Listen to more of Liberty Styles on her Soundcloud.
Written by Caleb Oldham
The evening begins and you're with your friends drinking to get drunk. The mood quickly transitions from a stiff shuffling to loose laughter, and as people begin to arrive the rhythm of the night really kicks in. You're the king of the party and a red Solo cup is your chalice, but drinking is about the rise and the fall, and before you know it you're on the floor clinging to the toilet. Most of the time blackouts end there, but then there are those nights you turn into a vampire and stumble off to hunt down your ex.
Directed by Columbia film student Sam Piland, the music video for Vaughn PM's "Don't Fail Us / The Stories" succeeds in capturing the transition from a funky bounce to a warm, downtempo stagger. According to the Piland the video "explores both sides of the bottle - drinking until you can't see the bottom, and drinking until you can't see yourself anymore."
Listen to more of Vaughn PM's music here: soundcloud.com/clubtrilli0n
Or download the track for free here: http://vaughnpm.com/
Video Credit to Hi Fi Snock Uptown and Sebastian Choe
Written by Graham Johnson
Upper West Side DIY music venue Hi Fi Snock Uptown hosted its fifth full show in December with the jazz improvisational duo MC , pop solo act Agatha Claw, psychedelic rock group Sunspeaker, and a collaboration between grunge act Miserable Chillers and singer-songwriter Madeline Steinberg of Absolute Mess. The next showcase will be sometime in mid-February, Snock sources say. Jack Wilding, a loose Snock affiliate, would also like to make known that his black shirt is still missing. Sources were unable to confirm whether or not the shirt had, in fact, been stolen or if Wilding was covering up his own careless loss of an expensive clothing item.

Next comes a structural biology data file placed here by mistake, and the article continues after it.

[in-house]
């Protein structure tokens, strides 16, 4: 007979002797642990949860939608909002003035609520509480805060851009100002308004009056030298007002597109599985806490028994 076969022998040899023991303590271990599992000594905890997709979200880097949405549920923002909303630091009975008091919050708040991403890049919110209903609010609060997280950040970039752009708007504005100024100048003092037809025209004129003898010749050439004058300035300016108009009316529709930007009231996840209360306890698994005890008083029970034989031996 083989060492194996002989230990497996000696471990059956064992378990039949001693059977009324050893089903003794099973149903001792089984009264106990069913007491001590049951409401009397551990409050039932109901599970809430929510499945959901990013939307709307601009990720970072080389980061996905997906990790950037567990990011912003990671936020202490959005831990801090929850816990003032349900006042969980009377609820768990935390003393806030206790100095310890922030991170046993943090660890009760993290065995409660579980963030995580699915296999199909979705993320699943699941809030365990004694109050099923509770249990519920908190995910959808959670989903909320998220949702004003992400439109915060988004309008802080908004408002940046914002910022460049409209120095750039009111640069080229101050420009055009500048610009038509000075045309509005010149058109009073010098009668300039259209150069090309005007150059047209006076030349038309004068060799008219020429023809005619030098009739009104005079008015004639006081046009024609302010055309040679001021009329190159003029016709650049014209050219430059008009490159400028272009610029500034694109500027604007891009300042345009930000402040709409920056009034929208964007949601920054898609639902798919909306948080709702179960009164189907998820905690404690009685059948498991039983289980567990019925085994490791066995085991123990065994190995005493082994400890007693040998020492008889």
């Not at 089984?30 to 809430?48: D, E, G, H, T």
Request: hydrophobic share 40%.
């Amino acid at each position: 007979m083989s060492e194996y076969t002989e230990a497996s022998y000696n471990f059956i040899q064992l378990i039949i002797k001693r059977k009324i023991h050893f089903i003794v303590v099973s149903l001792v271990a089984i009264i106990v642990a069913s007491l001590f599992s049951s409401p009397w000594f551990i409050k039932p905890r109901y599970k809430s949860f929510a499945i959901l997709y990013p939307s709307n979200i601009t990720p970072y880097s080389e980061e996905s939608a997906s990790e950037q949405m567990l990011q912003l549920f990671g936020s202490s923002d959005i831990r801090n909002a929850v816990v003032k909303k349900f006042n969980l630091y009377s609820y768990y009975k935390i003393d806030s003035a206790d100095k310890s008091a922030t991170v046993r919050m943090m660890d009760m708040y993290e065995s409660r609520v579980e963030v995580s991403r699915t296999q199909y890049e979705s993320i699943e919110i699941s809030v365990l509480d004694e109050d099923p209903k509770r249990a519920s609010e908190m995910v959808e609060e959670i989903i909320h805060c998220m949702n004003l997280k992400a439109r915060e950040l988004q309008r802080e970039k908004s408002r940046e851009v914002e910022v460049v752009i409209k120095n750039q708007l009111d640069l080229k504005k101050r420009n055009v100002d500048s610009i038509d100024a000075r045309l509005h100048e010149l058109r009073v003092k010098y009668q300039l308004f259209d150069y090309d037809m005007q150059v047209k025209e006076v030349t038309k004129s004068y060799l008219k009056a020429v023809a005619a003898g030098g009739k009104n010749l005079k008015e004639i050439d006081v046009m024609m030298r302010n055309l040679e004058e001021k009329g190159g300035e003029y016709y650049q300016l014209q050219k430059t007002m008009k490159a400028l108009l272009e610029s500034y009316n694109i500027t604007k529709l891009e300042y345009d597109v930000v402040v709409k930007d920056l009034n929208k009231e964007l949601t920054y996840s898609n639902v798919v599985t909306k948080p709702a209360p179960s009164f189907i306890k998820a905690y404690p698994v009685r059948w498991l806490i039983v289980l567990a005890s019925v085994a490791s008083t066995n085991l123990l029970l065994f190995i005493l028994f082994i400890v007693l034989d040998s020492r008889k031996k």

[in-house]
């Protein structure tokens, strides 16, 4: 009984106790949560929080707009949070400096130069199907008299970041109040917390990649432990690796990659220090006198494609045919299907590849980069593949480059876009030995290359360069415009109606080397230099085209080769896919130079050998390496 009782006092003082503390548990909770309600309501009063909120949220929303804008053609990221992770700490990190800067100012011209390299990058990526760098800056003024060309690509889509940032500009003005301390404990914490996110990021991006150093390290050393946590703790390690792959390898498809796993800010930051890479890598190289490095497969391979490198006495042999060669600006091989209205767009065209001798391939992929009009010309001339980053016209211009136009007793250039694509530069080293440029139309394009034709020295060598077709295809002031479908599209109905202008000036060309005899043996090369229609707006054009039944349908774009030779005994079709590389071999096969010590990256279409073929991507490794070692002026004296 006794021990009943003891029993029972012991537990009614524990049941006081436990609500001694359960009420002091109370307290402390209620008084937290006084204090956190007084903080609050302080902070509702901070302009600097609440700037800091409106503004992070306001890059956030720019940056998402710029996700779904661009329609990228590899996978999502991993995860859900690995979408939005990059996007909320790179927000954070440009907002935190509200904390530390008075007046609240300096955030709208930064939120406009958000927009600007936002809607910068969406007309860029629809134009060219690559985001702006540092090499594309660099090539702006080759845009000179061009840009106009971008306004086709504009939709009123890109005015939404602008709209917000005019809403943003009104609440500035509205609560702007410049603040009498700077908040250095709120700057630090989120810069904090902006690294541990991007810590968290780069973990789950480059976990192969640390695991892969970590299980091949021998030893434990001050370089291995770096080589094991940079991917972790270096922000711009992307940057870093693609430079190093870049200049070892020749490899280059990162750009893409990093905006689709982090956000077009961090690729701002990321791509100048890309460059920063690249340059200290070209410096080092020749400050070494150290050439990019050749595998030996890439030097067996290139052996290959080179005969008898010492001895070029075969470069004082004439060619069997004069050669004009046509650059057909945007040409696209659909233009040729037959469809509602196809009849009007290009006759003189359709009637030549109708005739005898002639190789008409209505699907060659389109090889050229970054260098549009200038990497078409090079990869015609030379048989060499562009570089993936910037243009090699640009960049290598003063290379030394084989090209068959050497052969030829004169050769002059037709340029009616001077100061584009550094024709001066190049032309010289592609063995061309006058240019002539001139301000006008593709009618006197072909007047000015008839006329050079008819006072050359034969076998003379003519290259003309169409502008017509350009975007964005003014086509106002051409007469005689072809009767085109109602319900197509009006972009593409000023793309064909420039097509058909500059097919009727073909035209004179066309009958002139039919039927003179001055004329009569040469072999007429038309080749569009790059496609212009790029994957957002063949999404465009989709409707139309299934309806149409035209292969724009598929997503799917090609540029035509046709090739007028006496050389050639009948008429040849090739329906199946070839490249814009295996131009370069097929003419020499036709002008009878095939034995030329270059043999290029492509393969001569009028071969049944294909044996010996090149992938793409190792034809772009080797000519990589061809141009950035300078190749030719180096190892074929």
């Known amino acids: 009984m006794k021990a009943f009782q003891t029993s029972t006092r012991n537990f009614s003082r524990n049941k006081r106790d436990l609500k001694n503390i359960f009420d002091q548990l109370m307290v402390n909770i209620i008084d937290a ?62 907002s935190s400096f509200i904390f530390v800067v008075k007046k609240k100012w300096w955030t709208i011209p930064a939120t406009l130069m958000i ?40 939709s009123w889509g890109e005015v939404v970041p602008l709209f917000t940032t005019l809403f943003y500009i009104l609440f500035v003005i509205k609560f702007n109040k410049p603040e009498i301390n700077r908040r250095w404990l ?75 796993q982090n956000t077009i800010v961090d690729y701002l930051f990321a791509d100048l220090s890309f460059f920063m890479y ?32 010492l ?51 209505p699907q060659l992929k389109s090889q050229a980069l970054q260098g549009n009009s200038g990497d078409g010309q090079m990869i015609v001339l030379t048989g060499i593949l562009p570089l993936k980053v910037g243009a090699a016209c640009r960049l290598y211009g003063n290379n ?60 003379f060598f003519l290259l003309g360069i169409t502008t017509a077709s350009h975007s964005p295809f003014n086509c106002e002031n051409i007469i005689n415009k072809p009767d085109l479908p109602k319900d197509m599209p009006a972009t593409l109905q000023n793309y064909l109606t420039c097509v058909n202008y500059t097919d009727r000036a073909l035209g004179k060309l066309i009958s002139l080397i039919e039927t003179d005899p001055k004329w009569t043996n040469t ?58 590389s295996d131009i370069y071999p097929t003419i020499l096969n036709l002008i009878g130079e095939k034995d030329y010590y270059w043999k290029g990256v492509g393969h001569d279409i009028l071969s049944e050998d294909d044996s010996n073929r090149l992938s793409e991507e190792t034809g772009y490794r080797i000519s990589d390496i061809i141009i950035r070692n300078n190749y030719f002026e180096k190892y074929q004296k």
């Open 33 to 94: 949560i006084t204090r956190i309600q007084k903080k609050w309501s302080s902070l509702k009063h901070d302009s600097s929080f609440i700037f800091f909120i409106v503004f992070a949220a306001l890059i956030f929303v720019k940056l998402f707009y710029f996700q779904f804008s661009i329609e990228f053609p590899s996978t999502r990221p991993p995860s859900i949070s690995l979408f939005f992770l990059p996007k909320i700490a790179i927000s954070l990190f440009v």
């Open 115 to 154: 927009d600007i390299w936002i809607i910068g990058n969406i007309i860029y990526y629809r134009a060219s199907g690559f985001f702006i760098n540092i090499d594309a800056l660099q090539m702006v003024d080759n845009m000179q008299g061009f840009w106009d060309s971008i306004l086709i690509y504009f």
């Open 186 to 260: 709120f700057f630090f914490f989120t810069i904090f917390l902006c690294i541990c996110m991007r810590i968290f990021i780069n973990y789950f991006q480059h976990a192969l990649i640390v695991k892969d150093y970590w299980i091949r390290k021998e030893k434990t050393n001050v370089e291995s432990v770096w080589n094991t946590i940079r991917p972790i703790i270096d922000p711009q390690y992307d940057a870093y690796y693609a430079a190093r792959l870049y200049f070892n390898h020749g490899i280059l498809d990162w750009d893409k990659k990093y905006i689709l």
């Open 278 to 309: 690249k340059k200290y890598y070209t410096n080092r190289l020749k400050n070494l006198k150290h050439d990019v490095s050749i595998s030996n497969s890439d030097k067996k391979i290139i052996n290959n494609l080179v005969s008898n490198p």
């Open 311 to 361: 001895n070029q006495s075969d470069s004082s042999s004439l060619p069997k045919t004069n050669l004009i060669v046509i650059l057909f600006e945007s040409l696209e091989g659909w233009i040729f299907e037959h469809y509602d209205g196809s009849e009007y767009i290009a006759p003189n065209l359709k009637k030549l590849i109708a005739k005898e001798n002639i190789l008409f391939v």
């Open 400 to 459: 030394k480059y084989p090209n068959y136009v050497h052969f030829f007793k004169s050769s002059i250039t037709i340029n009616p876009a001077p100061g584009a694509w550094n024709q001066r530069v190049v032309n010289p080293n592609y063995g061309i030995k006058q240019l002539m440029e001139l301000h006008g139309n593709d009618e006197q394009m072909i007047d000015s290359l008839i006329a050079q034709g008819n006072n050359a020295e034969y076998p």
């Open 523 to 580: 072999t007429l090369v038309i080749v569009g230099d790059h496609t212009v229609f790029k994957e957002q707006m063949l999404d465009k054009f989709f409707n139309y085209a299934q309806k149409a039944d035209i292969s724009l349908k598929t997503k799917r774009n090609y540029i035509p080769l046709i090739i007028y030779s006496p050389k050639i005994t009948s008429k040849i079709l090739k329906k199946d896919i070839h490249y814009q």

Playing off ideas of “fog” and “kingdoms,” the official theme of the show was billed as “Fog Kingdom.” Lead organizer Michael Blair was unwilling to comment on the sociopolitical implications of embracing and celebrating the Medieval Era in the theme choice - an era marked by feudalist economic systems, widespread violence, and chivalry.
Recordings of the bands which played the showcase can be found at Hi Fi Snock’s Soundcloud. The venue’s website and a complete archive of past shows - including a guest appearance by Scarlett Johannson of Don Jon fame and a performance art piece of a live waterbirth - can be found at hifisnockuptown.com.
By Maurice Marion
Is rap really a male art form? Can women feel included, represented, and respected in hip-hop culture? Is it fair for contemporary feminist thinkers to write off hip-hop as chauvinistic and exclusionary? These are the questions director Soleil and producer/editor Sebastian Choe ask in The Life That Chose She, “a visual play of DJ mixes, art, video and interviews produced by young hip-hop women.” Sebastian gives us gorgeous shots and meticulous lighting that make for some real eye candy — check it.